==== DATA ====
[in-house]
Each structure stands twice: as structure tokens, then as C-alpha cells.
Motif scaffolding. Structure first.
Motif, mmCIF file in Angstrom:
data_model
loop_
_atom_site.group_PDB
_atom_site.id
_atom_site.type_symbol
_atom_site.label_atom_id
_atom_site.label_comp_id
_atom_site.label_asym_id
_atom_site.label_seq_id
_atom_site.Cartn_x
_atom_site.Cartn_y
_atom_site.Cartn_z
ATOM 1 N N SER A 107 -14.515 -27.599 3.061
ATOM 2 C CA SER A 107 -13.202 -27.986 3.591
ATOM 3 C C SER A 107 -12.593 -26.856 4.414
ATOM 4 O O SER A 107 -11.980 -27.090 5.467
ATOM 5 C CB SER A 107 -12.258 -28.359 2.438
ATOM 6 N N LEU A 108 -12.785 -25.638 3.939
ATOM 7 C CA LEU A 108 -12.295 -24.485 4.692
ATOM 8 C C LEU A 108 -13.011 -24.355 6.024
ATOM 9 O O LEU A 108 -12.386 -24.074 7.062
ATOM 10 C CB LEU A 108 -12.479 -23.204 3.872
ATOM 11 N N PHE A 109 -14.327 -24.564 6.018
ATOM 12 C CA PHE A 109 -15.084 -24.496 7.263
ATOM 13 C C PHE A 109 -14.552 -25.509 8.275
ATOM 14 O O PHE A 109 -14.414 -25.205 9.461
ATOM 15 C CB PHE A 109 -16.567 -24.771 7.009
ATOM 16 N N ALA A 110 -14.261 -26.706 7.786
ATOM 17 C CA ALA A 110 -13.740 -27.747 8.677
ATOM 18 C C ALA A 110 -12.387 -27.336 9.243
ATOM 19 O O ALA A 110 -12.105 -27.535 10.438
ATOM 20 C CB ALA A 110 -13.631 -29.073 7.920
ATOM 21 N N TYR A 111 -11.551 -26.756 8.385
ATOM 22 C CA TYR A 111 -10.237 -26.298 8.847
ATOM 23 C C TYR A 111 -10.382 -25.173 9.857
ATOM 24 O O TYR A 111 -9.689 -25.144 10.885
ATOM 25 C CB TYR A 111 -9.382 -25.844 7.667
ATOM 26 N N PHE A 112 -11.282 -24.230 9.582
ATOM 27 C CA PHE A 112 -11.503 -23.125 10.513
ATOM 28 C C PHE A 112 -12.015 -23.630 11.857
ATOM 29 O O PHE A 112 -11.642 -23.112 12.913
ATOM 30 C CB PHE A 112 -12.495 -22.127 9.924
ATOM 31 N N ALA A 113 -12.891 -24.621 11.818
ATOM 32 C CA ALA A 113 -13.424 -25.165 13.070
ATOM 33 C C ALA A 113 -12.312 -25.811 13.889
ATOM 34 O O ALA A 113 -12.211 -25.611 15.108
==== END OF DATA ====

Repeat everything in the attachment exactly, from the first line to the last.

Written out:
[in-house]
Each structure stands twice: as structure tokens, then as C-alpha cells.
Motif scaffolding. Structure first.
Motif, mmCIF file in Angstrom:
data_model
loop_
_atom_site.group_PDB
_atom_site.id
_atom_site.type_symbol
_atom_site.label_atom_id
_atom_site.label_comp_id
_atom_site.label_asym_id
_atom_site.label_seq_id
_atom_site.Cartn_x
_atom_site.Cartn_y
_atom_site.Cartn_z
ATOM 1 N N SER A 107 -14.515 -27.599 3.061
ATOM 2 C CA SER A 107 -13.202 -27.986 3.591
ATOM 3 C C SER A 107 -12.593 -26.856 4.414
ATOM 4 O O SER A 107 -11.980 -27.090 5.467
ATOM 5 C CB SER A 107 -12.258 -28.359 2.438
ATOM 6 N N LEU A 108 -12.785 -25.638 3.939
ATOM 7 C CA LEU A 108 -12.295 -24.485 4.692
ATOM 8 C C LEU A 108 -13.011 -24.355 6.024
ATOM 9 O O LEU A 108 -12.386 -24.074 7.062
ATOM 10 C CB LEU A 108 -12.479 -23.204 3.872
ATOM 11 N N PHE A 109 -14.327 -24.564 6.018
ATOM 12 C CA PHE A 109 -15.084 -24.496 7.263
ATOM 13 C C PHE A 109 -14.552 -25.509 8.275
ATOM 14 O O PHE A 109 -14.414 -25.205 9.461
ATOM 15 C CB PHE A 109 -16.567 -24.771 7.009
ATOM 16 N N ALA A 110 -14.261 -26.706 7.786
ATOM 17 C CA ALA A 110 -13.740 -27.747 8.677
ATOM 18 C C ALA A 110 -12.387 -27.336 9.243
ATOM 19 O O ALA A 110 -12.105 -27.535 10.438
ATOM 20 C CB ALA A 110 -13.631 -29.073 7.920
ATOM 21 N N TYR A 111 -11.551 -26.756 8.385
ATOM 22 C CA TYR A 111 -10.237 -26.298 8.847
ATOM 23 C C TYR A 111 -10.382 -25.173 9.857
ATOM 24 O O TYR A 111 -9.689 -25.144 10.885
ATOM 25 C CB TYR A 111 -9.382 -25.844 7.667
ATOM 26 N N PHE A 112 -11.282 -24.230 9.582
ATOM 27 C CA PHE A 112 -11.503 -23.125 10.513
ATOM 28 C C PHE A 112 -12.015 -23.630 11.857
ATOM 29 O O PHE A 112 -11.642 -23.112 12.913
ATOM 30 C CB PHE A 112 -12.495 -22.127 9.924
ATOM 31 N N ALA A 113 -12.891 -24.621 11.818
ATOM 32 C CA ALA A 113 -13.424 -25.165 13.070
ATOM 33 C C ALA A 113 -12.312 -25.811 13.889
ATOM 34 O O ALA A 113 -12.211 -25.611 15.108